Solar Industry Magazine by Joseph Bebon Boston-based nonprofit Citizens Energy Corp. has commissioned a 28 MW solar project on an old dairy farm in southeastern Georgia. Located in Millen, the Old Midville Solar Project was built on 233 acres of a closed dairy farm and features 90,000 ground-mounted panels. Citizens Energy says the $45 million project created 250 construction jobs and will add $250,000 annually to county tax revenues. The project, permitted by the Jenkins County Development Authority, is selling all of the electricity to Georgia Power, in keeping with the utility’s aggressive support of renewable energy. Georgia Power selected Citizens Energy as a renewable energy provider through a competitive bid. “We’re proud of our work with our partners here in Jenkins County to build the largest solar array to date in our portfolio of 30 projects,” says Brian Morrissey, a Georgia native and the managing director of Citizens Solar, a division of Citizens Energy Corp. “This project is a win-win for everyone. It provides affordable green energy that cuts down on greenhouse-gas emissions, brings jobs and significant tax dollars to Jenkins County, and generates revenues our parent company, nonprofit Citizens Energy Corp., uses to help the poor.” Jenkins County Commission Chairman Jerry Henry, who also sits on the board of the Jenkins County Development Authority, adds, “Jenkins County is extremely proud to welcome Citizens Energy Corp. as a corporate citizen to our community. Their extensive solar panel enterprise will provide clean energy to area citizens for many years. The construction period and ongoing operations here are creating additional economic development, job creation, and improved business opportunities for Jenkins County.”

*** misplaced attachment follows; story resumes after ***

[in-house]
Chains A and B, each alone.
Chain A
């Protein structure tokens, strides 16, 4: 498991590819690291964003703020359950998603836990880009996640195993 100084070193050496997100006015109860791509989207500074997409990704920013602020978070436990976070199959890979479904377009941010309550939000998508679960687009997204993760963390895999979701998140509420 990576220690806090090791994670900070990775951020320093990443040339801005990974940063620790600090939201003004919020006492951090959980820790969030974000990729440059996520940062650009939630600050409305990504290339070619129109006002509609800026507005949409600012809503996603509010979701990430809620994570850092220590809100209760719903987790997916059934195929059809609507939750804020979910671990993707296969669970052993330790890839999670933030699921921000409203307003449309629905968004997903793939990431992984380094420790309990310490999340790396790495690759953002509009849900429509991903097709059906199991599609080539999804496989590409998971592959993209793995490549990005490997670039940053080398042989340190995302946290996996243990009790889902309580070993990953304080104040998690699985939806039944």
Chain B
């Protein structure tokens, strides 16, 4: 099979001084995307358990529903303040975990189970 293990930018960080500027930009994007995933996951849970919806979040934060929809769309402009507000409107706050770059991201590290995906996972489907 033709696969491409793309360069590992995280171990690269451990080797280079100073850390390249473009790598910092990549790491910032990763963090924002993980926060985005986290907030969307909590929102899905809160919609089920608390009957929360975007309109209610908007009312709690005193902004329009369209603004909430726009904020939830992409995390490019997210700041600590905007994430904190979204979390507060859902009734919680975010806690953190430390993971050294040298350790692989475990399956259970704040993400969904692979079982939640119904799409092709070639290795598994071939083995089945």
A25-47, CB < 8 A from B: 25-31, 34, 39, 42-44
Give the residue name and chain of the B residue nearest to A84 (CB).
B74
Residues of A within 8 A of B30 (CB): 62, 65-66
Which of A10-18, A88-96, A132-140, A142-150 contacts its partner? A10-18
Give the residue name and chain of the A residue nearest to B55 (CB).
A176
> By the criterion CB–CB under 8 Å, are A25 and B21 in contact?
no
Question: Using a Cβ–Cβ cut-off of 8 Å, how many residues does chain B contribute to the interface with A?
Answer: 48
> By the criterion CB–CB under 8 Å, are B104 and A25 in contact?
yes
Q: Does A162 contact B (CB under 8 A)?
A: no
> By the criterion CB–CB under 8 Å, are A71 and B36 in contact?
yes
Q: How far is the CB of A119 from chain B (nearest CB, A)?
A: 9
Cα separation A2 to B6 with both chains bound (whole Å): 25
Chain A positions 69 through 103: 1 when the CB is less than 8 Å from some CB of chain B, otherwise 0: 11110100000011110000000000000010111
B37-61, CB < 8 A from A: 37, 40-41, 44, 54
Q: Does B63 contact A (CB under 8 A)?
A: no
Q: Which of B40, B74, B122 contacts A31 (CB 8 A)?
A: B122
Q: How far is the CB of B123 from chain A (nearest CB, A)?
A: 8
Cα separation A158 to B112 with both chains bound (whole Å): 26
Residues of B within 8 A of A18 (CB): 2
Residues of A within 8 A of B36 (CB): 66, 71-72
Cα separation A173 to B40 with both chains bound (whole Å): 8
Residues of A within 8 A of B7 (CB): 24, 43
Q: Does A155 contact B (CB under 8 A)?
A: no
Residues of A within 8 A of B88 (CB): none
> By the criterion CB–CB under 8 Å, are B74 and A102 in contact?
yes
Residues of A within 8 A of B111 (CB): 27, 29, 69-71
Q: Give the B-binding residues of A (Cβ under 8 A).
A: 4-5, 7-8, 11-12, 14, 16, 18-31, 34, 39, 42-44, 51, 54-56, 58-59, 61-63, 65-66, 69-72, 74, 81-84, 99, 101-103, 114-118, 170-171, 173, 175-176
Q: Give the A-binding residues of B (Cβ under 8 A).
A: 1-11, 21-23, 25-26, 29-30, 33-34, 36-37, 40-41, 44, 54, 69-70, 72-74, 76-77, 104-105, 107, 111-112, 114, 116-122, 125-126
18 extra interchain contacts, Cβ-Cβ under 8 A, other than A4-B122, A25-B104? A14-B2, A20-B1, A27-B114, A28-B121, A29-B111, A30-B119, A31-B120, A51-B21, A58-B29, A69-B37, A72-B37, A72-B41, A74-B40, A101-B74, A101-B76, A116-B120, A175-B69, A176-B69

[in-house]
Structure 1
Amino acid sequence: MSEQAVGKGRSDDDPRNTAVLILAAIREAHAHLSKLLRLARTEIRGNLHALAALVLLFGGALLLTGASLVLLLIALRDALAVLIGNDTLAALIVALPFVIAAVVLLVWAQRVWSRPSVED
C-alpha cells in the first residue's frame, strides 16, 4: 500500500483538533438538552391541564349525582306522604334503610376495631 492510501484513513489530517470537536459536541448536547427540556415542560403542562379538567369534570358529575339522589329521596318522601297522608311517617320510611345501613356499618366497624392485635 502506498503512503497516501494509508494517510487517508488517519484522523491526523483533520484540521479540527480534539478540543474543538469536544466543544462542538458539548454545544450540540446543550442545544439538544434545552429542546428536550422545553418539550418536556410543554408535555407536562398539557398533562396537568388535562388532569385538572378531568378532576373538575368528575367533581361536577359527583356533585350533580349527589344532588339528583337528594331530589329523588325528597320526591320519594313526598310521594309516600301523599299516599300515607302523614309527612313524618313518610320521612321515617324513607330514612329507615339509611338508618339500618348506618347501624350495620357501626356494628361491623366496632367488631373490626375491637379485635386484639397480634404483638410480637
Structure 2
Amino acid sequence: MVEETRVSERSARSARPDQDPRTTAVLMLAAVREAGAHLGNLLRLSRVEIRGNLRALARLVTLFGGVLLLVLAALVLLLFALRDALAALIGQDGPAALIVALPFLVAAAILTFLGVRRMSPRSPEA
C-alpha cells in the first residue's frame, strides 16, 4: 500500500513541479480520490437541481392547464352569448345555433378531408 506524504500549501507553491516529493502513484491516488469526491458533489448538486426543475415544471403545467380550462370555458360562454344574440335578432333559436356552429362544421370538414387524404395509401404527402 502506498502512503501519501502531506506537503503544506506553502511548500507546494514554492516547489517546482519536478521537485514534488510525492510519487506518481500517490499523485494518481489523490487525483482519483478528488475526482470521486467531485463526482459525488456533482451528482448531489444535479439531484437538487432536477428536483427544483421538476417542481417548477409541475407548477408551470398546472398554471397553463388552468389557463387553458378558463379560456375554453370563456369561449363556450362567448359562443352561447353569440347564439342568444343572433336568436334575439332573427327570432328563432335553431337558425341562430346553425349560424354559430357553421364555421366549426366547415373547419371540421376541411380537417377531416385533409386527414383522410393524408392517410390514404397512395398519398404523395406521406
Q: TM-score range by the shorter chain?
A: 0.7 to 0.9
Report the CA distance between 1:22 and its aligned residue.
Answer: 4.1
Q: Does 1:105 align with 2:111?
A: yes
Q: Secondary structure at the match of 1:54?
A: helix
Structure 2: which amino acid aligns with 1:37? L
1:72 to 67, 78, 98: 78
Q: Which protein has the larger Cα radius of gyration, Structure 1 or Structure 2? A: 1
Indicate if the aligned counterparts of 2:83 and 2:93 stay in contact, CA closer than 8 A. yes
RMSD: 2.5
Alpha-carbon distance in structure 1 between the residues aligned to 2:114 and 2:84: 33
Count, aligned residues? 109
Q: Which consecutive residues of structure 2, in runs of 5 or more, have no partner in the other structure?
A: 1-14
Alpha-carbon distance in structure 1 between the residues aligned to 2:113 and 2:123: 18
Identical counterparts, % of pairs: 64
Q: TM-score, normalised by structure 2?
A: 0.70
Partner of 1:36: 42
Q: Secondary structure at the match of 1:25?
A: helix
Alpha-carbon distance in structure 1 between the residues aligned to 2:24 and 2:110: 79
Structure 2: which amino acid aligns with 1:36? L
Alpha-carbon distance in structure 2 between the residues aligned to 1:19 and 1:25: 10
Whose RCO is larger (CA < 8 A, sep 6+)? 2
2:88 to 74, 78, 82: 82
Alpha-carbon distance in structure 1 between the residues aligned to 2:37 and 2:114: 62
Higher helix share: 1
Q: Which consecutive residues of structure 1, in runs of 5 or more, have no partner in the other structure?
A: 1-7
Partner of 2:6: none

Nonprofit's 28 MW Solar Farm is a 'Win-Win for Everyone'